We heard her enter and greet the nurses.  They had a quick chat and the head nurse handed her our file.  It was quiet for a moment.  And then there was a shriek.

Beautiful Dr. Shapiro, in her stylish outfit, white lab coat and teetering heels rushed around the corner with tears in her eyes.  Scott and I were already on our feet.  I ran over to her and she embraced me.
Scott was grinning.

Against all odds, we had gotten pregnant.  On our own.  No drugs, no procedures.  A healthy egg had somehow found its way into the mix and decided to do its thing.  (I think the threat of getting pulled out via surgery might have encouraged it along).  We had found out 4 days after our first IVF appointment.

We did have our visit with the doctor that day, but the conversation was much different than the one we had anticipated.  Instead of needles and hospitals and potential health risks, it was about hormone supplements (yep – can’t get away from them) and monitoring myself and the baby over the next few months (as I was still high risk).  Though the next couple of months wouldn’t be the “normal pregnancy” that other people knew, the fertility part of the process was over for us (at least for the time being).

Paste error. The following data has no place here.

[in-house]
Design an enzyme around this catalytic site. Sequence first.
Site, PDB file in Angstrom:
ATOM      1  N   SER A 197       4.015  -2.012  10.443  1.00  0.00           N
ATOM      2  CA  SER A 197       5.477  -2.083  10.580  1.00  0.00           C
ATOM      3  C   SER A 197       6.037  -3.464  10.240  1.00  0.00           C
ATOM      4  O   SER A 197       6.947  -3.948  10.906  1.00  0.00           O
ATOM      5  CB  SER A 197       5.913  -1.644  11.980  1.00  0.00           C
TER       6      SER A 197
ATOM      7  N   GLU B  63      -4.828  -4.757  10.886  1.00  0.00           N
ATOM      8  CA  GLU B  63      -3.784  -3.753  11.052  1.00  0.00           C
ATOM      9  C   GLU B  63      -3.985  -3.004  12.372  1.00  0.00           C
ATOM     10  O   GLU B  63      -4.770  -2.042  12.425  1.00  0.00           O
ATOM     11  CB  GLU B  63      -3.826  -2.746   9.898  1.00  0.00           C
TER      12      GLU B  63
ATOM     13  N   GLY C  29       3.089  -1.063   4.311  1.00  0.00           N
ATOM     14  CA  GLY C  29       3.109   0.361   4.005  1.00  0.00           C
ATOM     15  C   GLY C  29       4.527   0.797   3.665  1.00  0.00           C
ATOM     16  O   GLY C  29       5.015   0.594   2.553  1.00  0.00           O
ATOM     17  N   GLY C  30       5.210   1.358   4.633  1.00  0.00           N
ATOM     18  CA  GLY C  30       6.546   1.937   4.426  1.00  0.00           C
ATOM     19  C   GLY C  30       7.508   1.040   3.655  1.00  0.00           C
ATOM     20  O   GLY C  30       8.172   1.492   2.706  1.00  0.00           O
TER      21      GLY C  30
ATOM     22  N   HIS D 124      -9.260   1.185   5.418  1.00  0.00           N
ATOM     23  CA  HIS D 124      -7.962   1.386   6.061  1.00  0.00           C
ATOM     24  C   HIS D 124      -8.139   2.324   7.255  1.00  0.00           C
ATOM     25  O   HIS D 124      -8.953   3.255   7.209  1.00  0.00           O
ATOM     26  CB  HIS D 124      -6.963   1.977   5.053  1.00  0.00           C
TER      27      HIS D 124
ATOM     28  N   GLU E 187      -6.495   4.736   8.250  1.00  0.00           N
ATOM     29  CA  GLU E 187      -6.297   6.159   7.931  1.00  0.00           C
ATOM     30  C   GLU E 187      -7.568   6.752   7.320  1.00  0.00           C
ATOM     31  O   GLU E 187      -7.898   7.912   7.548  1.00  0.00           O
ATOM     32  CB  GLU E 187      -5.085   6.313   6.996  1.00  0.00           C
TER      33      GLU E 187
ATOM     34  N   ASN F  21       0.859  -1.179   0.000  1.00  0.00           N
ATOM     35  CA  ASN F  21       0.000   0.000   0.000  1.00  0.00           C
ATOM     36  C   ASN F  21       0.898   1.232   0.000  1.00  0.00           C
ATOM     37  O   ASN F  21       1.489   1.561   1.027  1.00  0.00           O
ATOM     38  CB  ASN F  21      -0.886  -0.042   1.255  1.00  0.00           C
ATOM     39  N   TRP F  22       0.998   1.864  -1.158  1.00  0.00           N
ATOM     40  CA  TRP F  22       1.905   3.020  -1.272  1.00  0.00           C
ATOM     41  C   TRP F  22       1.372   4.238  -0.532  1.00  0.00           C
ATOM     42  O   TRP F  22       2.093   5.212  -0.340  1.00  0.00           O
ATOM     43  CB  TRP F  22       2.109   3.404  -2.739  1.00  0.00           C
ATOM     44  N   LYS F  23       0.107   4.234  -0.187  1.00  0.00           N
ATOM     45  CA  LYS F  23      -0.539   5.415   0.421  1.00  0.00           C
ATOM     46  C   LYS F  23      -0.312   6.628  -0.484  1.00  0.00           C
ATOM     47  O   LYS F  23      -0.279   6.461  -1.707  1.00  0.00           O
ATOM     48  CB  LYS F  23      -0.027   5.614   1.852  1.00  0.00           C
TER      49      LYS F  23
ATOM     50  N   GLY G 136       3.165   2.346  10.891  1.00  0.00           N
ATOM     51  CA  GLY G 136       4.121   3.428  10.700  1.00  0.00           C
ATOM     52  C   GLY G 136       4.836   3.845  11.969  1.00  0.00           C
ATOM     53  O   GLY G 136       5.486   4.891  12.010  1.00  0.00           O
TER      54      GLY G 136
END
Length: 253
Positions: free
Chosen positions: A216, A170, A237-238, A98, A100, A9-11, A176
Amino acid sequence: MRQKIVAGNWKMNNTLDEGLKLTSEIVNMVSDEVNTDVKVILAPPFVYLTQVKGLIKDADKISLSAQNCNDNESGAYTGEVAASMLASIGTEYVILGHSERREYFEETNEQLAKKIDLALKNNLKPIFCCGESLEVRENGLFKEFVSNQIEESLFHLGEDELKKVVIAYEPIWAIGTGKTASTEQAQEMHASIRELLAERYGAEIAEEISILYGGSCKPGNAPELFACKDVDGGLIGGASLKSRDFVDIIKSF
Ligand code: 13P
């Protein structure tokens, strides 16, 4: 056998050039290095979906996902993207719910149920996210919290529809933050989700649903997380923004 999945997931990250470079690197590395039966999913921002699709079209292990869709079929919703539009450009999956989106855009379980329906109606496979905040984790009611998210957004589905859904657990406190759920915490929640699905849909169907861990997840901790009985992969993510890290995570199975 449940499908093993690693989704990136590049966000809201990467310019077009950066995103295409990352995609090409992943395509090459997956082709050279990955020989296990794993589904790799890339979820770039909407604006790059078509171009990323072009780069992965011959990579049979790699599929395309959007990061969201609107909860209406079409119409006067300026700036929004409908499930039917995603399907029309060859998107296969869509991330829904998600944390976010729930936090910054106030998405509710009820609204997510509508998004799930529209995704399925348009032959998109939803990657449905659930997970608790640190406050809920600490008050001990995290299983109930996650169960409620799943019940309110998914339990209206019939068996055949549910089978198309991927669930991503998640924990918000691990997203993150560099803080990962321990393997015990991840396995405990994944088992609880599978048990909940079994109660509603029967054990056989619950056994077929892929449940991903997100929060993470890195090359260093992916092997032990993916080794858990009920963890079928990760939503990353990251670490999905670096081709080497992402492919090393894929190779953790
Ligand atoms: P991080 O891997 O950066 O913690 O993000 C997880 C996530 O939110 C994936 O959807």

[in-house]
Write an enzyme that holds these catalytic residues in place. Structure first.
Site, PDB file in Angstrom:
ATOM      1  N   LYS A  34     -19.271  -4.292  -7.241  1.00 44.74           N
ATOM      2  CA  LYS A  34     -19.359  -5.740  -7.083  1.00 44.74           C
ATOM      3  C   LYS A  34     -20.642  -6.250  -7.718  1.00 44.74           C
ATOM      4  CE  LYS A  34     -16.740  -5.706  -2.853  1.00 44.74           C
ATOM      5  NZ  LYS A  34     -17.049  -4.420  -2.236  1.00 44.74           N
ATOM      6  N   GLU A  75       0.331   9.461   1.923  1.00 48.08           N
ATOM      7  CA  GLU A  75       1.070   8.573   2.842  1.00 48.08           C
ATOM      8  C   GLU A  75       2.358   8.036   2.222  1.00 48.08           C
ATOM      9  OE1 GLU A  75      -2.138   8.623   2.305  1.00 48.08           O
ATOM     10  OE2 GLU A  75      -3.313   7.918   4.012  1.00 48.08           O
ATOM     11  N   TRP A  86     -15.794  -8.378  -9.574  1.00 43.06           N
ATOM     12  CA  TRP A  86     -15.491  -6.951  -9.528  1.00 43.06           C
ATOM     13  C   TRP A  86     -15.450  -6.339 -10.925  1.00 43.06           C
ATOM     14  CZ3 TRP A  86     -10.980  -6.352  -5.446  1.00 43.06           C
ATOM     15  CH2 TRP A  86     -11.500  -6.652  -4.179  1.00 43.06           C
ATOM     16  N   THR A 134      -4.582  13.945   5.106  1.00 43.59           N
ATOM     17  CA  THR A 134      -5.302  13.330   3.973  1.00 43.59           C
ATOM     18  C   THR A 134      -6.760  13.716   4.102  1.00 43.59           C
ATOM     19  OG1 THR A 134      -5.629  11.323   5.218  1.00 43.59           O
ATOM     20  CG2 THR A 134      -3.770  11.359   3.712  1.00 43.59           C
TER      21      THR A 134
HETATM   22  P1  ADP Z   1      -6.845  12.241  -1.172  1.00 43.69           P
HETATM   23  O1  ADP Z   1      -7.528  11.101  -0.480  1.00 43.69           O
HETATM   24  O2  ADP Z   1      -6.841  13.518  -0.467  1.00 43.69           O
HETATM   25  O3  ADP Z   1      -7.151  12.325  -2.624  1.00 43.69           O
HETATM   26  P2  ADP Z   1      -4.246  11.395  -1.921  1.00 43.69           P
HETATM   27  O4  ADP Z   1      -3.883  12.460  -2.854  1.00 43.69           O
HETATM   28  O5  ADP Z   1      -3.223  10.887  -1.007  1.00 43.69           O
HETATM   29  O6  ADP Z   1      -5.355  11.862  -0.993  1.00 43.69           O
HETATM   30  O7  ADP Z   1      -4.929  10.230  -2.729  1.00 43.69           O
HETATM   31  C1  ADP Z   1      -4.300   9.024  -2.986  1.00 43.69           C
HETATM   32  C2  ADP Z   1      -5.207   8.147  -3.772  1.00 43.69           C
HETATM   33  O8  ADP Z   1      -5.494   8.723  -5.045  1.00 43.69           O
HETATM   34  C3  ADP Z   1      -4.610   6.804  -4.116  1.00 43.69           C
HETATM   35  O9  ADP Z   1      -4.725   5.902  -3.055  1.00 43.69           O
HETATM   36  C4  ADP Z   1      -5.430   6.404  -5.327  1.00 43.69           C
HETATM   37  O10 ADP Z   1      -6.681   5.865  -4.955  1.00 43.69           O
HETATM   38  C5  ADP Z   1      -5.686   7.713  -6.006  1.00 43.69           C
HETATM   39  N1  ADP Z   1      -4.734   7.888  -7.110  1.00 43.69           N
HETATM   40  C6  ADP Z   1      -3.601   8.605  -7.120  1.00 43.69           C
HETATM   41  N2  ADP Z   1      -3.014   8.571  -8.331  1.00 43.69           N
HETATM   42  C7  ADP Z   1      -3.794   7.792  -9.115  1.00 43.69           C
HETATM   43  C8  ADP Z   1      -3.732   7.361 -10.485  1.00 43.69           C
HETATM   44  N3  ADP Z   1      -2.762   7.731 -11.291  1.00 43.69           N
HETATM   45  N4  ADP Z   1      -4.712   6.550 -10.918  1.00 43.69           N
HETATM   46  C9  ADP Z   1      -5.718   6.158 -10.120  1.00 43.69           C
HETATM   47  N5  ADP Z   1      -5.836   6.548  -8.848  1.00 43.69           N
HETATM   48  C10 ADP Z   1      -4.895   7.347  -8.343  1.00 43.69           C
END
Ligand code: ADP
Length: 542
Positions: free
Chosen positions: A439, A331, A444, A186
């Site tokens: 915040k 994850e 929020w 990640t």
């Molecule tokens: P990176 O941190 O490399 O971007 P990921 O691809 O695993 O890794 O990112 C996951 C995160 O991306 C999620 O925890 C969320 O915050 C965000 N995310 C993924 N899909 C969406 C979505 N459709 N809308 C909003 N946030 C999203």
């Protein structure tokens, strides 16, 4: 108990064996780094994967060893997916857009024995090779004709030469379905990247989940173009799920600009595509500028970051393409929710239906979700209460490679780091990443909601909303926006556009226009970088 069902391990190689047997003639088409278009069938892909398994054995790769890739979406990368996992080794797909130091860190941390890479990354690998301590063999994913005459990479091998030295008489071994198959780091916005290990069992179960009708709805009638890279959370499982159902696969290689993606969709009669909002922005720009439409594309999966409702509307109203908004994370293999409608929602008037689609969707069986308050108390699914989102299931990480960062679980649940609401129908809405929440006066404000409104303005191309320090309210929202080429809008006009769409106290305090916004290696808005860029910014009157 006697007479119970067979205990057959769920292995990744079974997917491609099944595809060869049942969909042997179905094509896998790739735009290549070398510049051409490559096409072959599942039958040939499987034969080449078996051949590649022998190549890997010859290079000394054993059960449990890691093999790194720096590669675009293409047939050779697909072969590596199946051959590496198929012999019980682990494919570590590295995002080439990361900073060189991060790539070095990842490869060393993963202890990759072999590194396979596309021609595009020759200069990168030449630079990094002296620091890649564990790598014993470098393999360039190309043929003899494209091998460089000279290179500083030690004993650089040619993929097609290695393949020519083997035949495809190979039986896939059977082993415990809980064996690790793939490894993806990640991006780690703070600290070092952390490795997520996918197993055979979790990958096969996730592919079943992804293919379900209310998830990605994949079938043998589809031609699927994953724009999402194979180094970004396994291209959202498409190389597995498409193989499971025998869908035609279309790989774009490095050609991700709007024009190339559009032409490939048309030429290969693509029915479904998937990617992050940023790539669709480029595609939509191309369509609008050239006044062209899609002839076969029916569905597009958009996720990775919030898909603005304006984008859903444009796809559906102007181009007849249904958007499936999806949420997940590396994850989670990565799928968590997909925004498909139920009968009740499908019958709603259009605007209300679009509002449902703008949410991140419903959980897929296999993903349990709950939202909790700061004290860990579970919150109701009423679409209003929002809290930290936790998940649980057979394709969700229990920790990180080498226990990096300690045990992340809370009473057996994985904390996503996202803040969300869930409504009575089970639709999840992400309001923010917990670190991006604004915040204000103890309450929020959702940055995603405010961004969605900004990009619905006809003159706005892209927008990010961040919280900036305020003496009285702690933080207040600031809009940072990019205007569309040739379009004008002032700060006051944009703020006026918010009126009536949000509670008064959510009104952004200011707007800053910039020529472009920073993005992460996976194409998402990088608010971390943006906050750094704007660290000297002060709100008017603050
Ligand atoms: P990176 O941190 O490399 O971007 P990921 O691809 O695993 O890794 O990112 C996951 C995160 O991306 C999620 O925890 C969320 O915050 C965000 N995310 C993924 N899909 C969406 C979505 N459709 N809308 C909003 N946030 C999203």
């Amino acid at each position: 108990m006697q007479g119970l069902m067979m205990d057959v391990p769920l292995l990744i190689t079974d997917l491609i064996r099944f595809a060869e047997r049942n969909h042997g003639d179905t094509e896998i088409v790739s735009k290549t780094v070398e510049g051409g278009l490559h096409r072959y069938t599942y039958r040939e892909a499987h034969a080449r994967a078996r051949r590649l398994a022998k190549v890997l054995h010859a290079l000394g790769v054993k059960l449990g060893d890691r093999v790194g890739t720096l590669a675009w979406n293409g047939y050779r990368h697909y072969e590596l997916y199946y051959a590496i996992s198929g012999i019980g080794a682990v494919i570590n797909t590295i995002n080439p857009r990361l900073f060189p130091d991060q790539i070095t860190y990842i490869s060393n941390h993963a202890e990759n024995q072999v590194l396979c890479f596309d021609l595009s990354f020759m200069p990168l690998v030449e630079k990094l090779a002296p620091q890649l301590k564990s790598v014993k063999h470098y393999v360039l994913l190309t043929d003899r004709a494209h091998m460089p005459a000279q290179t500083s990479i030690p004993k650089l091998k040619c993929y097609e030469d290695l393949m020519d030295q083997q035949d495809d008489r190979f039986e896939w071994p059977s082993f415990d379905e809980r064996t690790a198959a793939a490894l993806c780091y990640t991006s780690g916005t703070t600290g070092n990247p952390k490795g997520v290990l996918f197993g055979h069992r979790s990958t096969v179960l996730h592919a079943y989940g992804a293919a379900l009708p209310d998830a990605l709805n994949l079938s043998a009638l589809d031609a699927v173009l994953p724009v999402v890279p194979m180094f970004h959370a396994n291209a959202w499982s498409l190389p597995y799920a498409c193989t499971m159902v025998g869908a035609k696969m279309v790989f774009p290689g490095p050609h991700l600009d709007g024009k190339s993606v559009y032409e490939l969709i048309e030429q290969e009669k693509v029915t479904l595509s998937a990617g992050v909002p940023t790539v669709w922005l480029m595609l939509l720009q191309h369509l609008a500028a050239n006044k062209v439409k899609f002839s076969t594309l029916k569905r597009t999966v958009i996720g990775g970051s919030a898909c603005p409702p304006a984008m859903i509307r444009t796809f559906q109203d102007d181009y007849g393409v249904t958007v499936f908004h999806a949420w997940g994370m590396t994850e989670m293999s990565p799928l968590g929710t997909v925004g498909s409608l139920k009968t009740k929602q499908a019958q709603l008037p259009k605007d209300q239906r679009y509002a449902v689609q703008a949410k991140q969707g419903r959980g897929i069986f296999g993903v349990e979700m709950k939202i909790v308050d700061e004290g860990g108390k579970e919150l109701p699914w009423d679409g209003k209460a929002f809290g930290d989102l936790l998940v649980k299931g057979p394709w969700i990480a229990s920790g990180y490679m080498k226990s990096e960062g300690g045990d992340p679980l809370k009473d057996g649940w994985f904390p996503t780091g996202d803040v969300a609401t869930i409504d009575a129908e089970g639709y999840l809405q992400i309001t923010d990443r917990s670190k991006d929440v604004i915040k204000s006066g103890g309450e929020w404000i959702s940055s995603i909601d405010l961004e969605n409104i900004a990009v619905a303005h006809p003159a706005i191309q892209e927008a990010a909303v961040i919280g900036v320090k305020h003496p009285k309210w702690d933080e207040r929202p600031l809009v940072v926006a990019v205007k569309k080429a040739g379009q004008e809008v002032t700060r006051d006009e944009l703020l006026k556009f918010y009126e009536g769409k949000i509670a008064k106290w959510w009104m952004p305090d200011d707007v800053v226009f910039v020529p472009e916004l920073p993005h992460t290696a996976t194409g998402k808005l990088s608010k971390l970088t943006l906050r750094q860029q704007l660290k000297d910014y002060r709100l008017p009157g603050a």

. . .

I don’t know why our infertility fight ended up the way it did – why we didn’t have to go through In Vitro.  And there’s no guarantee that, should we decide to try for a second child, we won’t have to go through the process all over (it’s not as though the problems with my physiology disappeared or changed).  But many people aren’t so lucky.

Many will go through round after round of IUIs, hormones and IVF.  Many will suffer through miscarriages – a pain I can’t even begin to imagine.  Some will never realize their dream of bearing children personally.  And strangely, when I think of these people, I sometimes feel guilty that things ended up the way they did for us (yes, I know that’s not entirely rational). 

Since the beginning of the process, I’ve become much more vocal about it.  And as I have, people have come out of the woodwork to talk to me - people who have gone through IVF, are thinking about IVF, or simply have abandoned the journey because of the difficulties or the feedback they’ve gotten.  Almost every one of them says the same thing: that the mess of emotions that comes with being infertile is made worse by the fact that the subject still seems so misunderstood and so weirdly taboo.  And every time I’ve heard that, it’s made me more certain that I needed to share our story.